The Business of Contact Lenses
Making GP Lenses Work—Financially
BY CLARKE D. NEWMAN, OD, FAAO
If you don’t know what it costs to keep the doors open and the lights on, then you don’t know what fees to charge to cover that cost and to provide a decent return on that investment. As always, if you cannot make a go of it without charging significantly more than the market will bear in your area, then your costs are too high.
Calculating Chair Cost
To start, figure out the “chair cost.” If we know what the chair cost is, then we know what to charge to break even. And, if we know that fee, we can simply add our profit on top of that.
If we are trying to set up our fee structures so that we can make prescribing GP lenses profitable, we have to know our chair and material costs. The chair cost is basically all of your fixed costs—rent, insurance, salaries, office supplies, telephone, advertising, etc. Many of these costs vary month-to-month, but are fixed over a fiscal year. So, look at six to 12 months of expenses. Then, divide the fixed expenses by the number of hours that you and the other practitioners in your practice spend caring for patients. Remember to remove your administrative time or you will skew this number downward and charge too little.
If you gross $800,000 in 12 months, and your cost of goods sold and profit are each running around 30%, then your fixed costs are $320,000. If you see patients for an average of 6.5 hours per day, and you work 21.5 days per month for 12 months, then your patient-care hours worked are 1,677. If you divide the $320,000 by 1,677, you get a chair cost of $190.82 per hour, which is typical. You can also determine your chair cost by calculating it based on examinations done, but that is a discussion for another time.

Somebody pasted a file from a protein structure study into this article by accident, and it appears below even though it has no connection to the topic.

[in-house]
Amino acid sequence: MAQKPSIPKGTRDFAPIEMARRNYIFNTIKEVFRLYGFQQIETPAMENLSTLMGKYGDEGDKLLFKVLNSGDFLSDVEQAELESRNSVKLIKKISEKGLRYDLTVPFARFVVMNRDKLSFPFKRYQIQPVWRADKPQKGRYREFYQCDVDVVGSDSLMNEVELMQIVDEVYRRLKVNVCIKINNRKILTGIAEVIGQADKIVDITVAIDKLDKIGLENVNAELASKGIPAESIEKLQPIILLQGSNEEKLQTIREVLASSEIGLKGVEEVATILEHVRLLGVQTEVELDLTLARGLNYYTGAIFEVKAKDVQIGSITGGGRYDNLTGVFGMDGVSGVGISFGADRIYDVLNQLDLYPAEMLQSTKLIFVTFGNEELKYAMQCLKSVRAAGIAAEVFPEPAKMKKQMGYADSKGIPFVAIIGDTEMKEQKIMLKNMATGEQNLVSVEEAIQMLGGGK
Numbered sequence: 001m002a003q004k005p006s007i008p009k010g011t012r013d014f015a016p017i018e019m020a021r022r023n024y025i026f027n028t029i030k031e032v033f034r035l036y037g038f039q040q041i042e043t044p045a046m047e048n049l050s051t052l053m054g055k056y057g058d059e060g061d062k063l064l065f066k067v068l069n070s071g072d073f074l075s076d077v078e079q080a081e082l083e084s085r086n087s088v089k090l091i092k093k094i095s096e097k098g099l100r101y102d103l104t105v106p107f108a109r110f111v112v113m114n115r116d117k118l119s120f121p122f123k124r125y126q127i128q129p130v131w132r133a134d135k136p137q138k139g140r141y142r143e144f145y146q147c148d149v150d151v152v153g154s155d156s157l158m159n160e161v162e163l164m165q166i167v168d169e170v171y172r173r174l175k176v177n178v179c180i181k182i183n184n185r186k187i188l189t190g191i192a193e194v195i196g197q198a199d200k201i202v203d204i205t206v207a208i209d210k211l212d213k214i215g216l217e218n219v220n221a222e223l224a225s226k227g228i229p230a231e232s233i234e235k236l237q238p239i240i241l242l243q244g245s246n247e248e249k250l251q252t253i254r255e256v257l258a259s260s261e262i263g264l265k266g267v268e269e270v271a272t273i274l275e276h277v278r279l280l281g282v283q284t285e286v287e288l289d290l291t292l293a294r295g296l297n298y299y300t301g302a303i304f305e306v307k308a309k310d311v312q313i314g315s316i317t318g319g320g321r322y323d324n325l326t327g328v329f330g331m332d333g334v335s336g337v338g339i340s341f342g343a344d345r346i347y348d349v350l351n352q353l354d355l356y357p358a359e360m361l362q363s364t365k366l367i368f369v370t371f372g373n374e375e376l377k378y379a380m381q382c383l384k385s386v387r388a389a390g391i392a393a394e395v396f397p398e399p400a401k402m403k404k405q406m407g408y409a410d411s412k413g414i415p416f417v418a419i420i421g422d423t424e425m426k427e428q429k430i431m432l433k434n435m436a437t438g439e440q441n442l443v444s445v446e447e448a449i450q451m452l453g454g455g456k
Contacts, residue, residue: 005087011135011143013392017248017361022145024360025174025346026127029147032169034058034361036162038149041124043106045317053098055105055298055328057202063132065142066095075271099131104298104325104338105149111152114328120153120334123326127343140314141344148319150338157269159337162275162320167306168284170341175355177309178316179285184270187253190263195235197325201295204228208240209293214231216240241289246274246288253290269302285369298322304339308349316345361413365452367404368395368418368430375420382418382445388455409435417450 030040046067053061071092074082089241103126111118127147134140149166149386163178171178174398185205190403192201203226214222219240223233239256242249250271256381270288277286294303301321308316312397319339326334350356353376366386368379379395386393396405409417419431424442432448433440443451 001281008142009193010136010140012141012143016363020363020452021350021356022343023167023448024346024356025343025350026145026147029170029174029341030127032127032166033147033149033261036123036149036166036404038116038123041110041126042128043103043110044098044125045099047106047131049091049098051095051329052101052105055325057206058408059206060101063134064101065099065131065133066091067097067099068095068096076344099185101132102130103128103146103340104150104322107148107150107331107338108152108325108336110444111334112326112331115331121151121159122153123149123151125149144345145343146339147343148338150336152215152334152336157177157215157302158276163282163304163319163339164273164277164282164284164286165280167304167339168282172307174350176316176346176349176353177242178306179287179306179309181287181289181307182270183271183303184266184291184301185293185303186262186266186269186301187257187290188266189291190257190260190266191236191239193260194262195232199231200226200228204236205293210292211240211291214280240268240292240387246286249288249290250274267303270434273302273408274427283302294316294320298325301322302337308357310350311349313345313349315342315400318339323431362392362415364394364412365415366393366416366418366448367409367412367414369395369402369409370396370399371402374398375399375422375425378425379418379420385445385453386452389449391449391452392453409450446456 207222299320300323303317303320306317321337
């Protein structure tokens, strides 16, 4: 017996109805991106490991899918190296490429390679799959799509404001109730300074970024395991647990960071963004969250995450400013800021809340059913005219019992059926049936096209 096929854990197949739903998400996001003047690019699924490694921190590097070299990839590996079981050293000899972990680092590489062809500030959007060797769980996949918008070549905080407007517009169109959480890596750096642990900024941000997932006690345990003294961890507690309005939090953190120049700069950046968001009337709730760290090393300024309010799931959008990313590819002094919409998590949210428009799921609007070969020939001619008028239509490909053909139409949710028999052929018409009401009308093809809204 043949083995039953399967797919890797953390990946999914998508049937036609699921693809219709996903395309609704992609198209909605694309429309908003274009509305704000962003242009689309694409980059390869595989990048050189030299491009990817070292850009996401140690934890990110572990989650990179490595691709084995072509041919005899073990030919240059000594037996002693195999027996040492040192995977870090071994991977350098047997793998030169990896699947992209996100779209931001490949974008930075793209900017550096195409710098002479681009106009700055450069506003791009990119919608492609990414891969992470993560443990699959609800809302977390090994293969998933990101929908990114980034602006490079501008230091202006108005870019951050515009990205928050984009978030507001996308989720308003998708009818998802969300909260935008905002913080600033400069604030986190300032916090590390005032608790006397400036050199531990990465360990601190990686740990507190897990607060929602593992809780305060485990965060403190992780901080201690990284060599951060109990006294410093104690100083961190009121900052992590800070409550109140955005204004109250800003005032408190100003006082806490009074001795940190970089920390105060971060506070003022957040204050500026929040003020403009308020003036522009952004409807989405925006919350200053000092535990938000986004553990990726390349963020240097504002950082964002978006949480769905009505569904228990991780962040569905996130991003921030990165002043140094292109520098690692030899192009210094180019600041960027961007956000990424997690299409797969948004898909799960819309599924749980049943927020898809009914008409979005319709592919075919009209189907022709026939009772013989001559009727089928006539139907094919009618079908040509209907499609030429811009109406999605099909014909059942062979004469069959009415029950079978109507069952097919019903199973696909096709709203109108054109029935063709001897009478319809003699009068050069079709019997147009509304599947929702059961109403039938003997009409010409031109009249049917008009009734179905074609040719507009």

Your professional fees must generate almost $200 per hour just to cover expenses. If you want to put food on the table at home, then you have to make more than that—closer to $250 to $300 per hour if you want to reach your projected margin. So, price your patient encounters accordingly. Figure out how much time you and your staff spend prescribing and dispensing GP lenses, and set the fee based on your chair cost.
Cost of Materials
The second part of making a profit is controlling material costs. The invoice cost of the GP lens is just part of the equation. You also have staff time invested in verifying and delivering lenses to patients. Then, you need to figure out how many lenses per patient it takes for a particular type of lens to achieve success. You also need to factor the warranty program for a lens into the fee charged to the patient. If you get unlimited remakes, then the number of lenses needed to achieve success is not as relevant. However, sometimes even “free remakes” show up with a bill to cover significant amounts of shipping and handling fees.
If your chair cost is $200 per hour, and you spend 10 minutes (Note: Staff time equals half of practitioner time, so five minutes) verifying and dispensing a lens, and it takes 1.5 lenses per eye to achieve success, then the fee for a lens costing $37 should be $37 + ($200 per hour x .0833 hours) x 1.5 = $80.49 plus your profit. CLS
Dr. Newman has been in private practice in Dallas since 1986 specializing in vision rehabilitation through contact lenses as well as corneal disease management, optometric medicine, and refractive surgery. He is a Diplomate in the AAO and a consultant to B+L, AMO, and Alden Optical. Contact him at firstname.lastname@example.org.